Thirteen people were murdered by citizens of a neighbouring village in what has been branded a massacre in the Sierra Sur of Oaxaca earlier this week.
Believed to have been caused by residents from San Lucas Ixcotepec over an ongoing land dispute with the community of Santa María Ecatepec, a further five people remain missing after the attack.
According to a report from El Financiero, a Spanish-language publication that reports on the country, the attack which took place on Monday is believed to have started when 25 people from the Acatitlan community went into the disputed area to clean up a crop system. An armed attack then ensued on the group of 25 believed to be from the town of Santa Maria Ecatepec, which saw two women and eleven men killed in an ambush-like method. During the attack a vehicle was also set on fire.
Following the attack, the National Emergency Commission and State Police were the first to reach the scene after having travelled from a district two hours away from the site.
Monday’s attack appears to come after a long line of arguments between the communities. According to the report the most recent dispute exists over the ownership of 3,660 hectares of forest land, however the Santa María Ecatepec community also has ownership disputes over another 9,775 hectares and a third concerns 4,409. The Attorney General, Rubén Vasconcelos has since noted that conflict the continues despite proposed resolutions between the warring communities.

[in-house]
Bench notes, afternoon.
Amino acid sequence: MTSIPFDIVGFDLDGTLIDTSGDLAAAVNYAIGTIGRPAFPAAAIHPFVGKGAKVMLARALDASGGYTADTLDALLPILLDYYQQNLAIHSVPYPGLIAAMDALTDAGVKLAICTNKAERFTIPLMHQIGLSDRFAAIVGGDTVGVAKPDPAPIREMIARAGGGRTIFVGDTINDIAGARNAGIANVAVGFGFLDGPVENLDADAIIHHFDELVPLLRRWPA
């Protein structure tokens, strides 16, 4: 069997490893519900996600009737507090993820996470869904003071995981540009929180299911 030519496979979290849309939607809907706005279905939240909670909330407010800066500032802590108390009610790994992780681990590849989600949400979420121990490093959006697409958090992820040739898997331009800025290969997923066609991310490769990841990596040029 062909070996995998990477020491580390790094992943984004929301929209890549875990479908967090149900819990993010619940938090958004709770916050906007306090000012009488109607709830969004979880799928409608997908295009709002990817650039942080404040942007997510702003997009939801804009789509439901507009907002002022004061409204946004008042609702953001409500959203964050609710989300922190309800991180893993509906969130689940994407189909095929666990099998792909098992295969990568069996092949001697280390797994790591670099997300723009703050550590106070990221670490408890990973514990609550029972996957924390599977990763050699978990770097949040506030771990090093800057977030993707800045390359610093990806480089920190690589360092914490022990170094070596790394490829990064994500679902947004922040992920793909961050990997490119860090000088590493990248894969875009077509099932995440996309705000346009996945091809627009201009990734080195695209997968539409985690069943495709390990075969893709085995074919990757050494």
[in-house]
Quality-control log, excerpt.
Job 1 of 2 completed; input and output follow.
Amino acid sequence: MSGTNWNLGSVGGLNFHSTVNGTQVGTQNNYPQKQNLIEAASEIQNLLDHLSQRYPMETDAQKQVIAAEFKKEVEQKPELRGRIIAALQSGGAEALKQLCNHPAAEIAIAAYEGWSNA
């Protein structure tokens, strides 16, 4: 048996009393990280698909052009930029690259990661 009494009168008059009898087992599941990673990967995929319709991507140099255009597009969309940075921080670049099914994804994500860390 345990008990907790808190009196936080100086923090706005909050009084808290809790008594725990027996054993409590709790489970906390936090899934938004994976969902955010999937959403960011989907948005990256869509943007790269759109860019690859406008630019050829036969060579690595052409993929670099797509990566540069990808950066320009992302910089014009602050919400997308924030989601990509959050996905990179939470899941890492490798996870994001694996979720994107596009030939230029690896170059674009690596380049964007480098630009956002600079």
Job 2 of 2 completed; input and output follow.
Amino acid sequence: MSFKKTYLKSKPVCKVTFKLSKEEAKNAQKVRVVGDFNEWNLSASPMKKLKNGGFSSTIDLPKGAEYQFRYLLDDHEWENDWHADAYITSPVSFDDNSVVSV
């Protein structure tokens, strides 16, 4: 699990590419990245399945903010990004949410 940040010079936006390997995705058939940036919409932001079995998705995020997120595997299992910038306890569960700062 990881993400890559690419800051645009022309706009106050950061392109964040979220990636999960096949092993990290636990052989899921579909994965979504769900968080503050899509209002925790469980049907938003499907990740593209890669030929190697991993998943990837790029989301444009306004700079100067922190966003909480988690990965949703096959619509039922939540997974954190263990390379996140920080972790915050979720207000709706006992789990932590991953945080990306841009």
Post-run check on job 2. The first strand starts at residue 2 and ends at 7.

In response to the massacre, 42 state police guards have been placed in the community of Santa María Ecatepec in attempt to prevent retaliation attempts from either side.
The Sierra Sur in Oaxaca is a mountainous area which spans 14,000 km2 and consist of over 70 municipalities, some of which are identified as far below the poverty line. The area mainly consists of farming communities, in which the issue of land continues to remain a disputed topic for residents.
There are hundreds of land disputes rife throughout Mexico, predominantly in poorer areas of the country and amongst indigenous communities. For instance at the end of last year it was reported by Al Jazeera that 5,000 people were displaced from their villages after renewed land disputes erupted in the area. As authorities rally to find effective solutions for communities, who desire to take matters into their own hands, it has also been reported that the murder rate in the country is predicted to top 30,000 for this year, the highest recorded annual number in Mexico’s history.